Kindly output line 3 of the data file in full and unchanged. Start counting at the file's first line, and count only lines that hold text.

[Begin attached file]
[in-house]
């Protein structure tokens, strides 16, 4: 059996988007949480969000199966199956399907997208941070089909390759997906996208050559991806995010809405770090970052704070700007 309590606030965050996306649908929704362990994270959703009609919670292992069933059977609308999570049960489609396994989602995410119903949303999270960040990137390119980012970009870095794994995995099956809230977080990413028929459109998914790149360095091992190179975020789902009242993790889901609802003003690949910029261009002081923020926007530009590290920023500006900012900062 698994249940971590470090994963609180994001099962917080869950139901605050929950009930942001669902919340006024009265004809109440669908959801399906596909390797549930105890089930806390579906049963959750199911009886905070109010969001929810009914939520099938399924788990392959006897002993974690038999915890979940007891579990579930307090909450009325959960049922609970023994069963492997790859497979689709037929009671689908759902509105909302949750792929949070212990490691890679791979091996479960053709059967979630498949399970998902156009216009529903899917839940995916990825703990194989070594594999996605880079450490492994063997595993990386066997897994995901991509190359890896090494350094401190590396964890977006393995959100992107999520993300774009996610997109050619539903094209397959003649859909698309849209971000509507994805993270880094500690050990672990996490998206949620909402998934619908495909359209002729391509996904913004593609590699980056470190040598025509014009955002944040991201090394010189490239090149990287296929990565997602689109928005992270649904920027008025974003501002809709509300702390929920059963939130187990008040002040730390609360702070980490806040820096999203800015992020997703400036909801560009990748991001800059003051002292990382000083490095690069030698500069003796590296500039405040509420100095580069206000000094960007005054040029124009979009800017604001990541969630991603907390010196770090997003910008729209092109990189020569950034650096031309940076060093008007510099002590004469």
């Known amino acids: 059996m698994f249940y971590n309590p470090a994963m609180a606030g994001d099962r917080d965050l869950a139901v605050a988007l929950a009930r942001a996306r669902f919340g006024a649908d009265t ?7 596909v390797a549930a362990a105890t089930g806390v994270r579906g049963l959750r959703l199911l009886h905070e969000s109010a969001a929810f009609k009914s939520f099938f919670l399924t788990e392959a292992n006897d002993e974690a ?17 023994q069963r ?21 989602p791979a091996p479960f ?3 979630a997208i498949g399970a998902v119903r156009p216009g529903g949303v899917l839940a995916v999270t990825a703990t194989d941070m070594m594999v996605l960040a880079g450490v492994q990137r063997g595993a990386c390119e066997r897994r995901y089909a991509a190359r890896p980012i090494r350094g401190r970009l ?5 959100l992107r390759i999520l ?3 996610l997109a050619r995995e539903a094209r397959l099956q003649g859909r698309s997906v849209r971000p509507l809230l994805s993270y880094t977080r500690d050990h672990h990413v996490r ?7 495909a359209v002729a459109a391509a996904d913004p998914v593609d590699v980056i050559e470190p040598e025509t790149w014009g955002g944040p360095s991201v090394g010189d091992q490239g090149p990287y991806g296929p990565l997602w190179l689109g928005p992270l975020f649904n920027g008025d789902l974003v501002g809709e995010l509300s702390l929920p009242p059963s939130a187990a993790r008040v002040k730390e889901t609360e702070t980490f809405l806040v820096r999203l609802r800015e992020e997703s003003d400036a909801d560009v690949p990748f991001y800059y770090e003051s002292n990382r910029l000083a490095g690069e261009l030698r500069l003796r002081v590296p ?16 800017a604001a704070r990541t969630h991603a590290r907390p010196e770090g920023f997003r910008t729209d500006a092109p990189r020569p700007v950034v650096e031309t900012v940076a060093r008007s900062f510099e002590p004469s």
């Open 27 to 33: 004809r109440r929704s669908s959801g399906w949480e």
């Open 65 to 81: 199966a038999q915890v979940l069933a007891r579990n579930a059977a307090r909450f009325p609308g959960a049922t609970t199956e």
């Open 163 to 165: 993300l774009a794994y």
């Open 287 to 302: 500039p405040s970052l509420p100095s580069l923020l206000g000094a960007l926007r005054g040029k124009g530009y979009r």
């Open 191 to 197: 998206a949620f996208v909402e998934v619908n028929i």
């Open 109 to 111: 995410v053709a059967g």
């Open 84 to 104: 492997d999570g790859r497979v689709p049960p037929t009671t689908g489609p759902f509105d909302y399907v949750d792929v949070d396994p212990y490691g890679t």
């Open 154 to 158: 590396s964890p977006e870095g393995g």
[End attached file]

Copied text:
């Known amino acids: 059996m698994f249940y971590n309590p470090a994963m609180a606030g994001d099962r917080d965050l869950a139901v605050a988007l929950a009930r942001a996306r669902f919340g006024a649908d009265t ?7 596909v390797a549930a362990a105890t089930g806390v994270r579906g049963l959750r959703l199911l009886h905070e969000s109010a969001a929810f009609k009914s939520f099938f919670l399924t788990e392959a292992n006897d002993e974690a ?17 023994q069963r ?21 989602p791979a091996p479960f ?3 979630a997208i498949g399970a998902v119903r156009p216009g529903g949303v899917l839940a995916v999270t990825a703990t194989d941070m070594m594999v996605l960040a880079g450490v492994q990137r063997g595993a990386c390119e066997r897994r995901y089909a991509a190359r890896p980012i090494r350094g401190r970009l ?5 959100l992107r390759i999520l ?3 996610l997109a050619r995995e539903a094209r397959l099956q003649g859909r698309s997906v849209r971000p509507l809230l994805s993270y880094t977080r500690d050990h672990h990413v996490r ?7 495909a359209v002729a459109a391509a996904d913004p998914v593609d590699v980056i050559e470190p040598e025509t790149w014009g955002g944040p360095s991201v090394g010189d091992q490239g090149p990287y991806g296929p990565l997602w190179l689109g928005p992270l975020f649904n920027g008025d789902l974003v501002g809709e995010l509300s702390l929920p009242p059963s939130a187990a993790r008040v002040k730390e889901t609360e702070t980490f809405l806040v820096r999203l609802r800015e992020e997703s003003d400036a909801d560009v690949p990748f991001y800059y770090e003051s002292n990382r910029l000083a490095g690069e261009l030698r500069l003796r002081v590296p ?16 800017a604001a704070r990541t969630h991603a590290r907390p010196e770090g920023f997003r910008t729209d500006a092109p990189r020569p700007v950034v650096e031309t900012v940076a060093r008007s900062f510099e002590p004469s």